16. T. Rogers,
    Yes, it was an interesting article.

    I do think the article took it on faith that Kobe was a large part of driving Dwight out of town. There is also ample evidence – including, but not exclusively, Steve Nash’s comments over the weekend – that Dwight was never comfortable in Los Angeles and wouldn’t have included the Lakers in his list of preferred teams except that they were so successful that to exclude a large market team that wins would seriously hamper his ‘I want to win a ring’ pronouncements. There is no question that Kobe’s presence has something to do with this, but – I contend – so would the presence of Lebron and a potential destination. That is why I feel Houston should worry if James Harden continues his superstar climb.

    The other part about the relative front offices – i.e. Riley in Miami and Pop in San Antonio – is selective and certainly doesn’t credit Mitch with being anything other than a puppet over the last 12 years. This is – IMO – not a credible extension and simply illustrates a dislike of Jim Buss and, therefore, crediting all problems to him.


  17. denny – actually not such great insight. totally ignored the stretch provision, which could prove pretty powerful if in fact the lakers have the opportunity to sign one or two big fish. any writer planning on explaining why the lakers can’t sign anyone better than luke walton for the next million years should at least do a little salary cap homework.


  18. rr: We are in agreement. When all of the trio left (Riley, West, and Jackson), there were reasons certainly not fully in ownership control. Riley as you stated above, West and Phil hated each other, and Phil retired. However, we should have picked a horse at some point. Riley left and there were plenty of chances to get him back (if he was offered more power). Ditto for West. Or we could have rehired Phil. Point is we dated 3 of the hottest girls in the school and we stayed home on prom night. I am faulting us for not having all of them – I know you agree we should not be 0-3.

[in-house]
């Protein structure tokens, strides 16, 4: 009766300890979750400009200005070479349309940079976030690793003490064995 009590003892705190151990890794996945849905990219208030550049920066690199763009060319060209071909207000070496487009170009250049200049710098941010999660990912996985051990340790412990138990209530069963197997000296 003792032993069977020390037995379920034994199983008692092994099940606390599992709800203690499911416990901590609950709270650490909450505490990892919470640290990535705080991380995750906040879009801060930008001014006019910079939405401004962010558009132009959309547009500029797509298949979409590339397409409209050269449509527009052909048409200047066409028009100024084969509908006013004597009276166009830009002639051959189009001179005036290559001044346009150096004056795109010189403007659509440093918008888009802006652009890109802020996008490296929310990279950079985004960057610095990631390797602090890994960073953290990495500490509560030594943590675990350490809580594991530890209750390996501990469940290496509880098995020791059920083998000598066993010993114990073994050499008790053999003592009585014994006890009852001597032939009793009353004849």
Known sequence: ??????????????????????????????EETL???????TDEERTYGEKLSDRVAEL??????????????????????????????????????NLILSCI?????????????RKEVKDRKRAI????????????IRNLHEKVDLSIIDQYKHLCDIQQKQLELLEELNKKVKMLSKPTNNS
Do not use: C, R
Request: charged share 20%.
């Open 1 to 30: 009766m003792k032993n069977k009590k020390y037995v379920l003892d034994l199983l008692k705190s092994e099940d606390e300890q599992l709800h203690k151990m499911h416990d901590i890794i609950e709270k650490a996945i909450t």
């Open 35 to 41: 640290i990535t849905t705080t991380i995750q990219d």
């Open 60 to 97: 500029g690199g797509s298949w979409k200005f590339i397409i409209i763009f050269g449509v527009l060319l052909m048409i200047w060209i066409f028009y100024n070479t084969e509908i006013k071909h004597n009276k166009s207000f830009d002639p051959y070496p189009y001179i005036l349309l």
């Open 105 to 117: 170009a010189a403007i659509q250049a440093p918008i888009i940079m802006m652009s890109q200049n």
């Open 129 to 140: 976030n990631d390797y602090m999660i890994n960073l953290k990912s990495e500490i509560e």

Craig: Mitch is not a puppet, however the major reasons why we got our last 5 rings are Kobe, Phil, Shaq, and Pau. 3 of those West got for us and the 4th one West sent to us. West has more to do with our success that Mitch does. Then again to your other point, Mitch has much more to do with our success than our current owner does. And for the record – I do not attribute all our issues to Jim. However he is the root of many of them.


  19. rr: “I do think the Lakers will have a bad team this year.” Well – do not know if we will be “bad” as that depends on the definition of that word. However I will say that I think we will be worse than “6th” best in the league (hard to believe that was my point of intolerance just a little over a year ago.
    Ed: “Notice that Williams and Landry have a history with MDA, so he knows what they bring.” – You mean like Earl Clark?